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Routes & Birdwatching Sites

Routes & Birdwatching Sites

Great Malaga Path (GR 249). Stage 11. Alfarnate - Villanueva del Rosario

This stage reaches the highest altitude of all the 35 stages of the Great Malaga Path. It starts in a flat farmland area, climbs through scrubland which then turns into a quite dense formation of pine trees and holm oaks with some Portuguese gall oaks. Higher up you will be passing very close to large rocky outcrops. The downhill section leads through the Hondonero dehesa with maple trees and terebinth underneath the towering mountains. As you arrive in Villanueva del Rosario the surroundings abound with natural water springs. Consequently you will be able to see bird species typical of open spaces, mountains, woodland and rivers.


Highlighted Species

The beginning of Stage 11 constitutes cultivated areas where the predominant species are the White Wagtail, Meadow Pipit, Crested Lark, Sky Lark, Goldfinch, Common Linnet, Serin and Greenfinch, however once you are on the uphill section leading to the copses of holm oak, species typical of scrub start occurring such as Red-legged Partridge, Common Stonechat, Common Blackbird, European Robin, Black-eared Wheatear, Sardinian Warbler, Black-eared Wheatear, Dartford Warbler, Woodchat Shrike, and forest birds such as Song Thrush, Great Tit,

Common Chaffinch and  Rock Bunting. Birds in flight include the almost constantly present Common and Pallid Swifts together with Hirundines (mainly Barn and Red-rumped Swallow and House Martin) during the months when these species are present here.  In the tree formations composed mainly of pines, then holm oaks and Portuguese gall oaks further on, the  Eurasian Sparrowhawk might make an appearance, as well as European Turtle Dove, Common Wood Pigeon, Cuckoo, Scops Owl, Tawny Owl, Hoopoe, Great Spotted Woodpecker, Green Woodpecker, Woodlark, Wren, Song and Mistle Thrush, Blackcap, Firecrest, Coal Tit, Blue Tit, Short-toed Treecreeper, Eurasian Jay, Crossbill, Hawfinch,  Cirl Bunting and at times during some winter seasons, Yellowhammer. In the copses of holm oak you have a chance to see the Western Orphean Warbler and Azure-winged Magpie, and Iberian Chiffchaff in the more humid areas with Portuguese gall oaks.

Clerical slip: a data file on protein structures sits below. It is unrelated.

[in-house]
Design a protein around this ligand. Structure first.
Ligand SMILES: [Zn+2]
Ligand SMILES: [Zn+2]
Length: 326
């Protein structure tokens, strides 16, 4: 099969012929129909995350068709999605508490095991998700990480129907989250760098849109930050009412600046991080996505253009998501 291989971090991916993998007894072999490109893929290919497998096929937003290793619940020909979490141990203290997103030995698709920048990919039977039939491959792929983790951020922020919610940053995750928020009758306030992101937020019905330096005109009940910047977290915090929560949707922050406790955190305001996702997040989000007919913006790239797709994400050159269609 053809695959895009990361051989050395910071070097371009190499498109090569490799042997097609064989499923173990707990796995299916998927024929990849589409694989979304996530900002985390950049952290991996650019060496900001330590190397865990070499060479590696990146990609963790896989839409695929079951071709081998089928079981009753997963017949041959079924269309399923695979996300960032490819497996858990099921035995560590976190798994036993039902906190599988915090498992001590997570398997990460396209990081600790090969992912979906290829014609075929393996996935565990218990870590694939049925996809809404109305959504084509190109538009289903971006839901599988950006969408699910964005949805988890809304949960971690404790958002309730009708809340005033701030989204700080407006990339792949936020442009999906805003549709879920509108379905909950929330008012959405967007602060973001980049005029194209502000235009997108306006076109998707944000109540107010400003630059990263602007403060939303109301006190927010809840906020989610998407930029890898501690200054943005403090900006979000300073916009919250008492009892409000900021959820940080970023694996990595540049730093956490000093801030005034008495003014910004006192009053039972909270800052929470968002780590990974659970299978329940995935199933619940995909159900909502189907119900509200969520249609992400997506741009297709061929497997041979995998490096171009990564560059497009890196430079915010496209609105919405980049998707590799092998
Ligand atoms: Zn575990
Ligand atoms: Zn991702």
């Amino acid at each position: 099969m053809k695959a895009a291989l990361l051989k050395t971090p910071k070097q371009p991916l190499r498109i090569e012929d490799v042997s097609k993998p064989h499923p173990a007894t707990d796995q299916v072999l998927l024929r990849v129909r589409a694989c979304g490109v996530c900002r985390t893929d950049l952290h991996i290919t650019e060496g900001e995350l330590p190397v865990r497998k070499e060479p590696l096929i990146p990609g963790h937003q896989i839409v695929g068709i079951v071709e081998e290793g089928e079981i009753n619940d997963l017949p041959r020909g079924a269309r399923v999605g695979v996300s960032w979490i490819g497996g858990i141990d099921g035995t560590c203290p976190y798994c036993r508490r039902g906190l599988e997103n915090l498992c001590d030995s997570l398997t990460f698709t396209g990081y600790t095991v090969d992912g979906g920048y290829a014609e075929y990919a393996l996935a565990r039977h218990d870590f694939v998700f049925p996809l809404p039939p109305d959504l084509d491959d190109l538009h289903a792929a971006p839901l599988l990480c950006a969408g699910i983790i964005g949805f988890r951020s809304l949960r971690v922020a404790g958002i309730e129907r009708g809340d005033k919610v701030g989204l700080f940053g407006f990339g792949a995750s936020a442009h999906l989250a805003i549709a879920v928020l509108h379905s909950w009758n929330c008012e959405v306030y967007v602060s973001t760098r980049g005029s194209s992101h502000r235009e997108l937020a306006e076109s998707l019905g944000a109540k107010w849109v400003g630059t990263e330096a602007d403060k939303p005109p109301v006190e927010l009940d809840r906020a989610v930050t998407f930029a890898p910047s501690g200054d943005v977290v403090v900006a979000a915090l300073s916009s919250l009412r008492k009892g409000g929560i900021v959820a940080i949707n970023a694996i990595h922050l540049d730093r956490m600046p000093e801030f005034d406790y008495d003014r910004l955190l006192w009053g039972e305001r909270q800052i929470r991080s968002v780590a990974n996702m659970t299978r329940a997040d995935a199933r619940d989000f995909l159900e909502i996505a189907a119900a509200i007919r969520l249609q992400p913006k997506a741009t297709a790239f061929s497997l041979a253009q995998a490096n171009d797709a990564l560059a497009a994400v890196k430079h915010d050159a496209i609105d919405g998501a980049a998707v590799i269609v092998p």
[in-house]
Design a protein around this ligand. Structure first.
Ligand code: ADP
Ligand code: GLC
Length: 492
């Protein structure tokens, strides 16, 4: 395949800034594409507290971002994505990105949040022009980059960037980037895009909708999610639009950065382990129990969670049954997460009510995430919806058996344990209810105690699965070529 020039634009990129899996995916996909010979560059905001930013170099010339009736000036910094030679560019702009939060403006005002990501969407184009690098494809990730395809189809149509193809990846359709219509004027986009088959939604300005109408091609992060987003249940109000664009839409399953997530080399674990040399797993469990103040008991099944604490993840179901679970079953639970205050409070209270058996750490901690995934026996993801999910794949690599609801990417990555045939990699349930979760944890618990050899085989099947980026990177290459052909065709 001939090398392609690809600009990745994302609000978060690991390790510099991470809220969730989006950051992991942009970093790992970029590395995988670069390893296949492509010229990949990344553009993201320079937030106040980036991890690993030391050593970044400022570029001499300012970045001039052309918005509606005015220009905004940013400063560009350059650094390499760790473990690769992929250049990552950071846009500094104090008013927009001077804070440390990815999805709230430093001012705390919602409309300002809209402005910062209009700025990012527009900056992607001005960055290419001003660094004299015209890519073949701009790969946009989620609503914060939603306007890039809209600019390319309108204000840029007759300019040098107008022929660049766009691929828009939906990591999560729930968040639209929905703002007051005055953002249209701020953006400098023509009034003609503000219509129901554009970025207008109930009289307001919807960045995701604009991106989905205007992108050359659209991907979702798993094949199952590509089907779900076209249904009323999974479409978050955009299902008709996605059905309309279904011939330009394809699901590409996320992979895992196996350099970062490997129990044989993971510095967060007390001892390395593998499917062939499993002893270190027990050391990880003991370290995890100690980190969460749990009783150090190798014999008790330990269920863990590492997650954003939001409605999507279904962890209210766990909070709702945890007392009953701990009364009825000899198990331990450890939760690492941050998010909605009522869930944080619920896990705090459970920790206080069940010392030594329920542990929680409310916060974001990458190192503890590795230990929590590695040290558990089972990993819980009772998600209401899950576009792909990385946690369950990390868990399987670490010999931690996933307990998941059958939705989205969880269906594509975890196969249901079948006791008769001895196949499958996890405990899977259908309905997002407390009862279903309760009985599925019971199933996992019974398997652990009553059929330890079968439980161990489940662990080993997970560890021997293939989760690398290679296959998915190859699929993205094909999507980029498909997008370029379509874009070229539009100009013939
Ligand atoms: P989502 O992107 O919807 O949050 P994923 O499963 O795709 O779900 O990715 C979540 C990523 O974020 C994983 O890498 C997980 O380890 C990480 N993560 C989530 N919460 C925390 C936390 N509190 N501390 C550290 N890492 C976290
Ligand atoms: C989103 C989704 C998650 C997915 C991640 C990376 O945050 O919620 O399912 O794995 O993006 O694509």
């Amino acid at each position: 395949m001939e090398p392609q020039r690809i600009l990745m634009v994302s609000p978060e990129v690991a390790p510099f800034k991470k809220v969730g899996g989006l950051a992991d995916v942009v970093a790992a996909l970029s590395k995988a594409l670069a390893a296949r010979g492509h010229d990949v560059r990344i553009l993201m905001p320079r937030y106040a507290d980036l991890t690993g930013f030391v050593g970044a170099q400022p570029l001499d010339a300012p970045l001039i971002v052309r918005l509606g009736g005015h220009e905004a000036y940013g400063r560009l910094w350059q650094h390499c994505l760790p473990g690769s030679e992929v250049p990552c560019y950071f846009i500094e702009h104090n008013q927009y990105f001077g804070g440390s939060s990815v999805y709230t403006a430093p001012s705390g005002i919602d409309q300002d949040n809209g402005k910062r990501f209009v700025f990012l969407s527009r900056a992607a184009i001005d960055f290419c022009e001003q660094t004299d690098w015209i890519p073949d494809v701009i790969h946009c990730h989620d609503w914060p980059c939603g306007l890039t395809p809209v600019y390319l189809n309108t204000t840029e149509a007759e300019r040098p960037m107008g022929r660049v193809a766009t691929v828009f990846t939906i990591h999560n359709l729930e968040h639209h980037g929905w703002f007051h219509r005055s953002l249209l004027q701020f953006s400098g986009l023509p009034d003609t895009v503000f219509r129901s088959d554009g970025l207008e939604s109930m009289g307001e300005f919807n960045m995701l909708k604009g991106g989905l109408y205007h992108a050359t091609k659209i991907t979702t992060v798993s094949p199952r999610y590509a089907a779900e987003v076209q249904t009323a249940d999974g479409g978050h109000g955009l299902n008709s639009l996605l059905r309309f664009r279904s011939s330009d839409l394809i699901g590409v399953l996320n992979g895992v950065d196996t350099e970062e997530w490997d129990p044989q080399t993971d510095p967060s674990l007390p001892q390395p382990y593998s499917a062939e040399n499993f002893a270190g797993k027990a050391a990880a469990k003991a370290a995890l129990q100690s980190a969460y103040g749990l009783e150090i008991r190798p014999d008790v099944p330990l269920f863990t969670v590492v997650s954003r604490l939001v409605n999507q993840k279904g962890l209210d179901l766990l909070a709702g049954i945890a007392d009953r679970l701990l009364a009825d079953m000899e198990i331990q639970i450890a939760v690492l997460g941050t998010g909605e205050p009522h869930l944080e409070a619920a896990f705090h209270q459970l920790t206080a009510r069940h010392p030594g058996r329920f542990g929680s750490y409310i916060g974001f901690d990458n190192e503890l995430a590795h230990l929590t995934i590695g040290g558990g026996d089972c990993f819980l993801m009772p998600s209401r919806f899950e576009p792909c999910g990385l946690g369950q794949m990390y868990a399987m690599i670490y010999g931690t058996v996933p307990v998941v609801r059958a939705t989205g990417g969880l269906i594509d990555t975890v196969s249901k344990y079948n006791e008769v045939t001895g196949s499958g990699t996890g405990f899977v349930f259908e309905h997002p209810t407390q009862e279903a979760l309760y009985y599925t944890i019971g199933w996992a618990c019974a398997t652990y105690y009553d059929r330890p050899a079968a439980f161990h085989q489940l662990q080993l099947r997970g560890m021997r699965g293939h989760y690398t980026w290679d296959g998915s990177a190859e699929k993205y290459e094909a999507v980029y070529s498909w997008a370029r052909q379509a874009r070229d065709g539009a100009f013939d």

Once you are in the rocky environment approaching the highest parts of the walk, you may be able to see Golden Eagle, Bonelli´s Eagle, Alpine Swift, as well as Crag Martin, Blue Rock Thrush, Black Wheatear, Western Jackdaw, Red-billed Chough, Raven and Rock Sparrow. Even though Griffon Vulture does not nest in these mountains, it can be seen relatively often in small groups. The star species of the highest parts of Stage 11, which can be seen during spring and summer months, is the Common Rock Thrush, a bird belonging to the Thrush family whose males present  exceptionally striking plumage. Also in these higher parts of Stage 11 you will be able to find Northern Wheatear and Alpine Accentor.

Once in the area of Hondoneros, along the downhill section approaching the end of Stage 11, the previously mentioned species are joined by the Eurasian Woodcock and Common Whitethroat in the shady spots, then Redwing, Ring Ouzel, Subalpine Warbler, Bonelli´s Warbler, and, occasionally, Brambling. This is also a good site to watch the majestic flight of the Golden Eagle and listen to the Eagle Owl.

As you get closer to the village, and your destination, crop fields start appearing more often, where the most common birds are the Eurasian Collared Dove, Spotless and Common Starling and finches. You can also find White Wagtail, Grey Wagtail, Nightingale and Cetti´s Warbler around the stream Arroyo de Los Cerezos.


All across rugged, mountainous and karstic landscape, this path crosses Jobo Mountain which is part of the mountain range of the Sierra de Camorolos, included in Natura 2000 because of its significant plant and animal life.


Route On foot
Trail Type Lineal
Distance 15400
Estimated Time 5:15
Difficulty - Blue -Easy